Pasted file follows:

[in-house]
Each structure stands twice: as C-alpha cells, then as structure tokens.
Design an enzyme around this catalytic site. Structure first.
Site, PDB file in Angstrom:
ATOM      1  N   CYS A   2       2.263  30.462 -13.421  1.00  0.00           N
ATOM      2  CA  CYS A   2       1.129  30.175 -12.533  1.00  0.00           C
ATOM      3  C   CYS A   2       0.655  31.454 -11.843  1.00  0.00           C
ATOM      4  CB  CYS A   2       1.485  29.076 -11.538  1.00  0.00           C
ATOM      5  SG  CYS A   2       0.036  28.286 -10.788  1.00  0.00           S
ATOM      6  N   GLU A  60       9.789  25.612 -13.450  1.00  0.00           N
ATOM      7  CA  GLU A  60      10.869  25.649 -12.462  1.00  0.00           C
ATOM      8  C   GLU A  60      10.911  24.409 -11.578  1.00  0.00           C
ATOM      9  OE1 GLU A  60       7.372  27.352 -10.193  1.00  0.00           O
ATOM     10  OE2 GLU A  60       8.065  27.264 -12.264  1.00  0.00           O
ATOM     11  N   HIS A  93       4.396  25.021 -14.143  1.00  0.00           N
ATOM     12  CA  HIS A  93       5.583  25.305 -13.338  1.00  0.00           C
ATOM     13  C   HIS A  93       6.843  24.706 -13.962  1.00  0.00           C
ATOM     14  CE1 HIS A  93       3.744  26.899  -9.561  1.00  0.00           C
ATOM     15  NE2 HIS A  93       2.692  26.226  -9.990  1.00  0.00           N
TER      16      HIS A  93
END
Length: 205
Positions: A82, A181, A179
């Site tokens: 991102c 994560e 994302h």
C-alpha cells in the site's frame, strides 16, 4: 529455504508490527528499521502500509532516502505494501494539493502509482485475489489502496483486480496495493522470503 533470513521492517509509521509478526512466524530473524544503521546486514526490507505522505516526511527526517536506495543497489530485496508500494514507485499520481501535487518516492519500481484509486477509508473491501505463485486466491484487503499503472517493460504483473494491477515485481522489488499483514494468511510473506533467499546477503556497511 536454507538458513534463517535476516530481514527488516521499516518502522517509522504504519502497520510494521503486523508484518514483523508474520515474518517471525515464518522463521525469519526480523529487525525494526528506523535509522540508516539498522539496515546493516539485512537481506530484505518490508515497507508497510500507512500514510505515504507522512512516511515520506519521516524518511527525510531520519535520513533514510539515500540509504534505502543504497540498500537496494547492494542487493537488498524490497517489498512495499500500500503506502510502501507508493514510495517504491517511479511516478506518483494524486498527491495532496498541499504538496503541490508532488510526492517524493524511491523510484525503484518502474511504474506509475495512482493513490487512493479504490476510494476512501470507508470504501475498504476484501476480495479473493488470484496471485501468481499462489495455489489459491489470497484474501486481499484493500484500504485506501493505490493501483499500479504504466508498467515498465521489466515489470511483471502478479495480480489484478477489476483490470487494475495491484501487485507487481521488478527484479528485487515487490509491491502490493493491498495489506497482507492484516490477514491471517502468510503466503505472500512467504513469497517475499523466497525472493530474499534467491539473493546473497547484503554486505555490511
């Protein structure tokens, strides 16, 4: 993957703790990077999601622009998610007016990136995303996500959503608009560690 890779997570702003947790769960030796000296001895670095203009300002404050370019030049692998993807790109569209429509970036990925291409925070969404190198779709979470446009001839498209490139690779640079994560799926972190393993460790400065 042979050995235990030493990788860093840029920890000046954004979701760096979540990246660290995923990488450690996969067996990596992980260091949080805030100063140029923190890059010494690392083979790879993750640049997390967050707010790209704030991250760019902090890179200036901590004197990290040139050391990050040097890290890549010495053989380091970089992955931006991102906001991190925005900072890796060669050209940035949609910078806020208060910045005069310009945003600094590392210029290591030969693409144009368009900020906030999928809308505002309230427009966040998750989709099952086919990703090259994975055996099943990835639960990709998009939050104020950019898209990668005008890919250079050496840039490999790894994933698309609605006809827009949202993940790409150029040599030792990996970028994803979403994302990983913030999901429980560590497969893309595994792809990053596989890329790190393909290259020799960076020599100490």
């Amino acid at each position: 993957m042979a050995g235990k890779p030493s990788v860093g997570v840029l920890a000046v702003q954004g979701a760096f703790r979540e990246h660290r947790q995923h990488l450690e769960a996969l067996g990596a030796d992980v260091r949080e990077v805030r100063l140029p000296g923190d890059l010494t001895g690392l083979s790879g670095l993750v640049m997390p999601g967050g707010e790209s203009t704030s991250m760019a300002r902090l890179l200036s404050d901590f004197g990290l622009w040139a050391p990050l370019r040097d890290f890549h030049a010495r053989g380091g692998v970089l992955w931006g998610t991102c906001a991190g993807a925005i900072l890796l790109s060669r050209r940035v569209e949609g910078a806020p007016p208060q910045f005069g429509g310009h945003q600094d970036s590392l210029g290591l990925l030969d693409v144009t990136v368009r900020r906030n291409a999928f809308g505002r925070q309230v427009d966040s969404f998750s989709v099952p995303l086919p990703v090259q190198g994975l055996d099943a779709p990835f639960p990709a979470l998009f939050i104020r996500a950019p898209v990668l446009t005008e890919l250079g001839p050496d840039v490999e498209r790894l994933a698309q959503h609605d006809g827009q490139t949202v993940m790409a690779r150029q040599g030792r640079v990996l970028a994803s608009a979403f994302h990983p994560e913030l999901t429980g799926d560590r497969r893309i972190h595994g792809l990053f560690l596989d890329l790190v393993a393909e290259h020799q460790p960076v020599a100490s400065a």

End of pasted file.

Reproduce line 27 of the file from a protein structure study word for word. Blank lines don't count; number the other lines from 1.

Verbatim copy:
């Amino acid at each position: 993957m042979a050995g235990k890779p030493s990788v860093g997570v840029l920890a000046v702003q954004g979701a760096f703790r979540e990246h660290r947790q995923h990488l450690e769960a996969l067996g990596a030796d992980v260091r949080e990077v805030r100063l140029p000296g923190d890059l010494t001895g690392l083979s790879g670095l993750v640049m997390p999601g967050g707010e790209s203009t704030s991250m760019a300002r902090l890179l200036s404050d901590f004197g990290l622009w040139a050391p990050l370019r040097d890290f890549h030049a010495r053989g380091g692998v970089l992955w931006g998610t991102c906001a991190g993807a925005i900072l890796l790109s060669r050209r940035v569209e949609g910078a806020p007016p208060q910045f005069g429509g310009h945003q600094d970036s590392l210029g290591l990925l030969d693409v144009t990136v368009r900020r906030n291409a999928f809308g505002r925070q309230v427009d966040s969404f998750s989709v099952p995303l086919p990703v090259q190198g994975l055996d099943a779709p990835f639960p990709a979470l998009f939050i104020r996500a950019p898209v990668l446009t005008e890919l250079g001839p050496d840039v490999e498209r790894l994933a698309q959503h609605d006809g827009q490139t949202v993940m790409a690779r150029q040599g030792r640079v990996l970028a994803s608009a979403f994302h990983p994560e913030l999901t429980g799926d560590r497969r893309i972190h595994g792809l990053f560690l596989d890329l790190v393993a393909e290259h020799q460790p960076v020599a100490s400065a």